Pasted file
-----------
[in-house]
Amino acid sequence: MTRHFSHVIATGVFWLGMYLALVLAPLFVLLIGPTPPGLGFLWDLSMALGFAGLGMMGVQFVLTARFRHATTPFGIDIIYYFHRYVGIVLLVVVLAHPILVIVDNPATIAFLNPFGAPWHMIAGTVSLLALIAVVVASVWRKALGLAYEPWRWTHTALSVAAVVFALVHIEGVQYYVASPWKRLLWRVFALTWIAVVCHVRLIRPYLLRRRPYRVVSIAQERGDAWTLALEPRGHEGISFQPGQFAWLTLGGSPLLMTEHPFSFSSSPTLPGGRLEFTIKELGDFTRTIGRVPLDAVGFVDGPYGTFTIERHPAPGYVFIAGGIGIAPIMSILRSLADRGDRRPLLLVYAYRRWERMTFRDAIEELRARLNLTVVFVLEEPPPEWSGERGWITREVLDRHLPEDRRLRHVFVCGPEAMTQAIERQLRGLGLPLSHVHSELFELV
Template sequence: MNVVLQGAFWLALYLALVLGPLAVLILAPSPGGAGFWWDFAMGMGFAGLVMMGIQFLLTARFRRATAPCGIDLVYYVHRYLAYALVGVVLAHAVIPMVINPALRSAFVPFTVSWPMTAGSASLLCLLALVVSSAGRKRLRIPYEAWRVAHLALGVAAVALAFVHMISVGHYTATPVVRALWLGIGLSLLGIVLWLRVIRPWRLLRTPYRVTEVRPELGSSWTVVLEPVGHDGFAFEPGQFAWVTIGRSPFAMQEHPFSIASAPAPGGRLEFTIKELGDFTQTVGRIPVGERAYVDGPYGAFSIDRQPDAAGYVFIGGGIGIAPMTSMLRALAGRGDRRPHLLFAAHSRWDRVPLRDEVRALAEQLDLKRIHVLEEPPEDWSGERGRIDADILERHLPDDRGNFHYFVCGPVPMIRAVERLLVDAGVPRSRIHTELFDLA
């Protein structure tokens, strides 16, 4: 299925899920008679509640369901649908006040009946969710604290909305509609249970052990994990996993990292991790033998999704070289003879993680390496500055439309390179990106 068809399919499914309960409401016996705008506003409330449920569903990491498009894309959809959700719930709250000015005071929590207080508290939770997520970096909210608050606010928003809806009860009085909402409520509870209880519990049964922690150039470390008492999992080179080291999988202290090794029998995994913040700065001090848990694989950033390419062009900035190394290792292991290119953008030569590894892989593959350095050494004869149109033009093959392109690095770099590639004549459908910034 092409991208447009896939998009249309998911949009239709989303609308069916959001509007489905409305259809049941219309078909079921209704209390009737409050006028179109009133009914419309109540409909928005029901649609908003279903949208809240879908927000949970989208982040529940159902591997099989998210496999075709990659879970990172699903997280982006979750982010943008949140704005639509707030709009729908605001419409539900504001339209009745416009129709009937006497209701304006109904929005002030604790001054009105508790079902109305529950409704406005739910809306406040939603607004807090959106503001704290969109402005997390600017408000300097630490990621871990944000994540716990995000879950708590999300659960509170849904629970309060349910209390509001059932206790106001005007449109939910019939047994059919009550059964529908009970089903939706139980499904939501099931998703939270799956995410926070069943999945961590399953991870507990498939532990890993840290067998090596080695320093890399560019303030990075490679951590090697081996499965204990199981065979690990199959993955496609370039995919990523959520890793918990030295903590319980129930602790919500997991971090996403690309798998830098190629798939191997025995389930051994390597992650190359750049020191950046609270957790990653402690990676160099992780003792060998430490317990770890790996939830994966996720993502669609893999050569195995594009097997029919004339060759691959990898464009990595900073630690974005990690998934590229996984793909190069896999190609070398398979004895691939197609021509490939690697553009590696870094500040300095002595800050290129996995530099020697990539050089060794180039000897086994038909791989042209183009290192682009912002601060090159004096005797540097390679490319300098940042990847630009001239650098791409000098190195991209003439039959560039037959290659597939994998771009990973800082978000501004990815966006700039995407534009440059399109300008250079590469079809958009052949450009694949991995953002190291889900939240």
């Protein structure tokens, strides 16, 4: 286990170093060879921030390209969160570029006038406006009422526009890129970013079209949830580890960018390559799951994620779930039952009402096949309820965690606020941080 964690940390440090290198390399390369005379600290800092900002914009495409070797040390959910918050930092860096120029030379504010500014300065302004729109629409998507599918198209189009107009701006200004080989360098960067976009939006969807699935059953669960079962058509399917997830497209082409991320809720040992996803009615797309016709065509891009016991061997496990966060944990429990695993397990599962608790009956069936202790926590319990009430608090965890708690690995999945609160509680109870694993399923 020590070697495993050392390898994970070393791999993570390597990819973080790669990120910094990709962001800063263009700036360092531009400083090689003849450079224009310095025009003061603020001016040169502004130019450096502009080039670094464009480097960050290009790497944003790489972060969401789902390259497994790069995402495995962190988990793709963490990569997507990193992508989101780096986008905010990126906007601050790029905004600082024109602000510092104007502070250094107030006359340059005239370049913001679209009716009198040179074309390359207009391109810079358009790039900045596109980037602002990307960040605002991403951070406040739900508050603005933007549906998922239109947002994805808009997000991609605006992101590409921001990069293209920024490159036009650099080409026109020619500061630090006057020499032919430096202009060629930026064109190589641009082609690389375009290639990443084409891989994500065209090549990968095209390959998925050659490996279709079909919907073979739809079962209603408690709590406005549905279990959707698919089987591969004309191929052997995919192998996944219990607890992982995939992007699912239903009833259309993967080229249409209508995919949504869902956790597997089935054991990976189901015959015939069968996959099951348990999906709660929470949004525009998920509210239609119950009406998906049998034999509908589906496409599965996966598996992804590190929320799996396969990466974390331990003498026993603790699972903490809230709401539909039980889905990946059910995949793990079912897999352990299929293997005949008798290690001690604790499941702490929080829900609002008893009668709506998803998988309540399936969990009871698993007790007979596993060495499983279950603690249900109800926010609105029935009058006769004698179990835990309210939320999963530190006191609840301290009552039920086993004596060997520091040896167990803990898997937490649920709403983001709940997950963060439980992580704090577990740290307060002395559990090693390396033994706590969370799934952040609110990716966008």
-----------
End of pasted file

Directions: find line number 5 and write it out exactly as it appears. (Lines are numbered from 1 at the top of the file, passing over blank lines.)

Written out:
């Protein structure tokens, strides 16, 4: 286990170093060879921030390209969160570029006038406006009422526009890129970013079209949830580890960018390559799951994620779930039952009402096949309820965690606020941080 964690940390440090290198390399390369005379600290800092900002914009495409070797040390959910918050930092860096120029030379504010500014300065302004729109629409998507599918198209189009107009701006200004080989360098960067976009939006969807699935059953669960079962058509399917997830497209082409991320809720040992996803009615797309016709065509891009016991061997496990966060944990429990695993397990599962608790009956069936202790926590319990009430608090965890708690690995999945609160509680109870694993399923 020590070697495993050392390898994970070393791999993570390597990819973080790669990120910094990709962001800063263009700036360092531009400083090689003849450079224009310095025009003061603020001016040169502004130019450096502009080039670094464009480097960050290009790497944003790489972060969401789902390259497994790069995402495995962190988990793709963490990569997507990193992508989101780096986008905010990126906007601050790029905004600082024109602000510092104007502070250094107030006359340059005239370049913001679209009716009198040179074309390359207009391109810079358009790039900045596109980037602002990307960040605002991403951070406040739900508050603005933007549906998922239109947002994805808009997000991609605006992101590409921001990069293209920024490159036009650099080409026109020619500061630090006057020499032919430096202009060629930026064109190589641009082609690389375009290639990443084409891989994500065209090549990968095209390959998925050659490996279709079909919907073979739809079962209603408690709590406005549905279990959707698919089987591969004309191929052997995919192998996944219990607890992982995939992007699912239903009833259309993967080229249409209508995919949504869902956790597997089935054991990976189901015959015939069968996959099951348990999906709660929470949004525009998920509210239609119950009406998906049998034999509908589906496409599965996966598996992804590190929320799996396969990466974390331990003498026993603790699972903490809230709401539909039980889905990946059910995949793990079912897999352990299929293997005949008798290690001690604790499941702490929080829900609002008893009668709506998803998988309540399936969990009871698993007790007979596993060495499983279950603690249900109800926010609105029935009058006769004698179990835990309210939320999963530190006191609840301290009552039920086993004596060997520091040896167990803990898997937490649920709403983001709940997950963060439980992580704090577990740290307060002395559990090693390396033994706590969370799934952040609110990716966008």